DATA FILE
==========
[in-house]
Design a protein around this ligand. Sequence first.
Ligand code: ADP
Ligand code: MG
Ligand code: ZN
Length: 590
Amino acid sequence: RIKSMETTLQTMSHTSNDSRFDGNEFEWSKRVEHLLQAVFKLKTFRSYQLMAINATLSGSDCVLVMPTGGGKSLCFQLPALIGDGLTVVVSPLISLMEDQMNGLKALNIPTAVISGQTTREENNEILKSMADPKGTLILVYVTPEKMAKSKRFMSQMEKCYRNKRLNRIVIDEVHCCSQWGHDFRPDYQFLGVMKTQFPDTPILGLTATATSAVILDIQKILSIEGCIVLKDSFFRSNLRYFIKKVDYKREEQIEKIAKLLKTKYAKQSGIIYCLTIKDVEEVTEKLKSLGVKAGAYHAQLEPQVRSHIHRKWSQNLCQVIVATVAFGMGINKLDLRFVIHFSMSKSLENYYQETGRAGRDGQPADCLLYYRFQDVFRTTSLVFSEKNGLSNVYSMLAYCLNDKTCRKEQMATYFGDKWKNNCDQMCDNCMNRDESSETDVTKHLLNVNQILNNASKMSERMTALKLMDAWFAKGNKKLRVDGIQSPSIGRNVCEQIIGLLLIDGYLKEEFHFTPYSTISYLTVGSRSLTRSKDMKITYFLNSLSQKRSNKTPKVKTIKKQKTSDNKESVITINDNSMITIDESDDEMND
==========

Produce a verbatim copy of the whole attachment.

[in-house]
Design a protein around this ligand. Sequence first.
Ligand code: ADP
Ligand code: MG
Ligand code: ZN
Length: 590
Amino acid sequence: RIKSMETTLQTMSHTSNDSRFDGNEFEWSKRVEHLLQAVFKLKTFRSYQLMAINATLSGSDCVLVMPTGGGKSLCFQLPALIGDGLTVVVSPLISLMEDQMNGLKALNIPTAVISGQTTREENNEILKSMADPKGTLILVYVTPEKMAKSKRFMSQMEKCYRNKRLNRIVIDEVHCCSQWGHDFRPDYQFLGVMKTQFPDTPILGLTATATSAVILDIQKILSIEGCIVLKDSFFRSNLRYFIKKVDYKREEQIEKIAKLLKTKYAKQSGIIYCLTIKDVEEVTEKLKSLGVKAGAYHAQLEPQVRSHIHRKWSQNLCQVIVATVAFGMGINKLDLRFVIHFSMSKSLENYYQETGRAGRDGQPADCLLYYRFQDVFRTTSLVFSEKNGLSNVYSMLAYCLNDKTCRKEQMATYFGDKWKNNCDQMCDNCMNRDESSETDVTKHLLNVNQILNNASKMSERMTALKLMDAWFAKGNKKLRVDGIQSPSIGRNVCEQIIGLLLIDGYLKEEFHFTPYSTISYLTVGSRSLTRSKDMKITYFLNSLSQKRSNKTPKVKTIKKQKTSDNKESVITINDNSMITIDESDDEMND